After a few days recovering, the PCs were ready to try again. Lucian had left the keep to spend time in the nearby woods (the player couldn’t make that session) but a couple of new adventurers made it to the keep. Alfric Kinslayer, a dwarven warrior with a tattooed face (the brand of a kinslayer…another nice touch made up on the spot by his player) and ‘Long’ Tom, another Bladedancer in service to Sethi, entered the keep looking for others like themselves willing to risk the dangers of the wilderness. The two groups quickly found each other and, being apparently trusting sorts, decided to join forces.
The players picked up a few rumors and other bits and bobs, but nothing that interesting. After the surprisingly charismatic dwarf spent some time hunting for hirelings (netting him the brothers Thorsigar and Thorwold), and Long Tom hired a man named Lysander, the group was off.
They again explored the goblin tunnels, hoping to find the treasure and the chief that Lucian’s interrogation had revealed. What they found, to their consternation, was that the goblin tunnels had apparently emptied out. Even the goblin bodies were gone (though the ogre’s corpse remained). They picked through rooms that had obviously been inhabited, trying to find out what had happened. After finding a store-room and dealing with a wandering group of orcs (that they again surprised), they located a secret door and began to explore the tunnels beyond.
After a short walk, they found a group of hobgoblins (which, of course, they surprised). Much butchery happened leaving them again with a single triaged monster, and a single non-human doing all the talking. Because the hobgoblin’s words were like growls, the dwarf convinced the others that it was cursing them rather than answer his questions while he applied more, er, forceful techniques to find out the layout of the caverns. It’s interesting that in both cases of monster interrogation, the non-humans have kept their more delicate human allies ‘out of the loop’ (though Lucian merely spared them the goblin’s begging and whimpering, he didn’t actually do anything other than intimidate his). They did learn that the various tribes didn’t seem to like each other very much.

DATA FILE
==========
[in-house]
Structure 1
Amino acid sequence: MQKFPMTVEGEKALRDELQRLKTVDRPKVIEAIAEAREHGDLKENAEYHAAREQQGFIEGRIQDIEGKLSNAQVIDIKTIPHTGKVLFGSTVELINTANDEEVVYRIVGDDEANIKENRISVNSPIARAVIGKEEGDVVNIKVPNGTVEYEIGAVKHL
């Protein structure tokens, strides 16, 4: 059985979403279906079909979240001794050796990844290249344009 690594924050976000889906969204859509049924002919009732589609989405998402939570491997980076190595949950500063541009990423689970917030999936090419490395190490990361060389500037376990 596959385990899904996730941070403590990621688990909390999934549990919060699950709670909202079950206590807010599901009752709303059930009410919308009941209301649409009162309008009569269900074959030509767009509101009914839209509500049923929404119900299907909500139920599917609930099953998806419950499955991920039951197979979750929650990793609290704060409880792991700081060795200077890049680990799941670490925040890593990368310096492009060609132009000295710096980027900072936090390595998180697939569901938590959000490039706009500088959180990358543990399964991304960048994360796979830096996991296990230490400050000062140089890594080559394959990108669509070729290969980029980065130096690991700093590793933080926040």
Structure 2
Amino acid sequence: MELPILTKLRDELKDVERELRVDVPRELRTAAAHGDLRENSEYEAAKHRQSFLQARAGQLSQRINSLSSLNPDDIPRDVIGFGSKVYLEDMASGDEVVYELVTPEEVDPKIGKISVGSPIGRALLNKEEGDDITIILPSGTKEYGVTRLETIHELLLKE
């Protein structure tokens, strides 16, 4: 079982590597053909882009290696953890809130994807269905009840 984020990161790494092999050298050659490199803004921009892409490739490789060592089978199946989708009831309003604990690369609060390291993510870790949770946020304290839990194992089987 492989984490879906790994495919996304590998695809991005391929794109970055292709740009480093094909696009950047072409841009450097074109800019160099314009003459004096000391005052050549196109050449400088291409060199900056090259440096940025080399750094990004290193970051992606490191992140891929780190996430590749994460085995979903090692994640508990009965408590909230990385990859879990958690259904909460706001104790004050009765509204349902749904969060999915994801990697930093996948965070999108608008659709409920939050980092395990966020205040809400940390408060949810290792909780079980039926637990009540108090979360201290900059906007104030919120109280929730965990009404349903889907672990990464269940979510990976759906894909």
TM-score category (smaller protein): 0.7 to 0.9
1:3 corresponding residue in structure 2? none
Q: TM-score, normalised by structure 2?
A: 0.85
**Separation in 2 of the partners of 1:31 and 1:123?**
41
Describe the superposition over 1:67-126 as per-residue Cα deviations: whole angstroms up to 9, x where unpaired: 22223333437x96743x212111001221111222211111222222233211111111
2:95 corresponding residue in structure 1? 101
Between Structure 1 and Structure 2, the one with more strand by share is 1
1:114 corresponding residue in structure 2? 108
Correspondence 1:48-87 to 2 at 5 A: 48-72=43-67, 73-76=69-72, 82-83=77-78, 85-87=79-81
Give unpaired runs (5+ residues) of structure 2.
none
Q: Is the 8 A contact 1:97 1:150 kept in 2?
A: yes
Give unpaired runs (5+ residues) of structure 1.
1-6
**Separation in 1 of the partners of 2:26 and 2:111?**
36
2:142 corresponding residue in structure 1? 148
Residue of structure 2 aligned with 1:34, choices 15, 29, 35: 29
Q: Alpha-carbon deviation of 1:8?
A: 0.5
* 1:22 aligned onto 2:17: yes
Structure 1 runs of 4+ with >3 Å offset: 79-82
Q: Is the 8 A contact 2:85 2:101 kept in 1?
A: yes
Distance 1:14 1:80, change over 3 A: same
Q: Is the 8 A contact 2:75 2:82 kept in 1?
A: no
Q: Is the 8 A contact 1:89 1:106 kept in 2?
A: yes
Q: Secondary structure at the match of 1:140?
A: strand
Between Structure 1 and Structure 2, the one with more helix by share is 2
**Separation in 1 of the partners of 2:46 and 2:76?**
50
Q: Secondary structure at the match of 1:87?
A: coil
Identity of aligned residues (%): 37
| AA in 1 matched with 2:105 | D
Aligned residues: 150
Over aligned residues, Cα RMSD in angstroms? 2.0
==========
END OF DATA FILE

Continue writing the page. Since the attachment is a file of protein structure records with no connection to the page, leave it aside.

Unfortunately for the players, they made a lot of noise which alerted a group of guards further down the tunnel. When the players made their way towards the tunnel, finally the dice reminded them what it is like to be surprised. Alfric took a crossbow bolt to the chest that nearly dropped him (1 hit point). Luckily for him, the party had a cure light scroll they’d found in the ogre’s cave which Kanen quickly used to bring him back up.
They rushed the stairs and killed the hobgoblins, but then more of them started pouring out of two doors into the entry chamber. The party realized that maybe they should retreat as they couldn’t tell how many monsters were coming their way. So they quickly threw some burning oil down and fled the caves.
This session started later than I’d like so not a whole much got done. The party came back with only a handful of gold to show for their trouble, which was a bit demoralizing. However, it was nice to see them exercising wisdom and retreating. Later editions teach us that all fights are balanced and this certainly wouldn’t have been balanced.
Another funny thing about this evening is that there were three ways into the hobgoblin’s caves. The two main doors the hobgoblins had spiked shut or barred, because they knew invaders were out there. But because the goblins had never discovered it, the hobgoblins didn’t think it would be discovered so they left it as is. Much to their regret…
It’s another nice thing about this module that it’s a ‘living environment’ which is to say the monsters react to these constant invasions of their homes. I like thinking about their responses to these murder engines storming their lairs. So it gets a bit more interesting for me than a static environment would be. It also keeps the players on their toes and feels less like a video game.
I like that.